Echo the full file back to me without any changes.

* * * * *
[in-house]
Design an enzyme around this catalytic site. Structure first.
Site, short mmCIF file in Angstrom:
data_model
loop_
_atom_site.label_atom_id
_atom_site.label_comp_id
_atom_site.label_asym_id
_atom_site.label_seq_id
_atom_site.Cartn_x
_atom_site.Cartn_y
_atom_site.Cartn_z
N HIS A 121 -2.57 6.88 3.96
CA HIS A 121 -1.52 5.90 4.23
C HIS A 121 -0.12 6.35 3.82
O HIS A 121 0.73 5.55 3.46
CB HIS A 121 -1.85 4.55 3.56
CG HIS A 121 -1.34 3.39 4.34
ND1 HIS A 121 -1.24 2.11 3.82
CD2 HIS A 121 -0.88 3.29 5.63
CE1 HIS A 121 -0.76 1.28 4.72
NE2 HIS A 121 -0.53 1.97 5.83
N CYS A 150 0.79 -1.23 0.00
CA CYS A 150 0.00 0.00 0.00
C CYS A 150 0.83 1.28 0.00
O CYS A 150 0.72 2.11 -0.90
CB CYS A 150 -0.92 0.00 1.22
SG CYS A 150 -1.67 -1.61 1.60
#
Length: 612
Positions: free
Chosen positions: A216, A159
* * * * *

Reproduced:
[in-house]
Design an enzyme around this catalytic site. Structure first.
Site, short mmCIF file in Angstrom:
data_model
loop_
_atom_site.label_atom_id
_atom_site.label_comp_id
_atom_site.label_asym_id
_atom_site.label_seq_id
_atom_site.Cartn_x
_atom_site.Cartn_y
_atom_site.Cartn_z
N HIS A 121 -2.57 6.88 3.96
CA HIS A 121 -1.52 5.90 4.23
C HIS A 121 -0.12 6.35 3.82
O HIS A 121 0.73 5.55 3.46
CB HIS A 121 -1.85 4.55 3.56
CG HIS A 121 -1.34 3.39 4.34
ND1 HIS A 121 -1.24 2.11 3.82
CD2 HIS A 121 -0.88 3.29 5.63
CE1 HIS A 121 -0.76 1.28 4.72
NE2 HIS A 121 -0.53 1.97 5.83
N CYS A 150 0.79 -1.23 0.00
CA CYS A 150 0.00 0.00 0.00
C CYS A 150 0.83 1.28 0.00
O CYS A 150 0.72 2.11 -0.90
CB CYS A 150 -0.92 0.00 1.22
SG CYS A 150 -1.67 -1.61 1.60
#
Length: 612
Positions: free
Chosen positions: A216, A159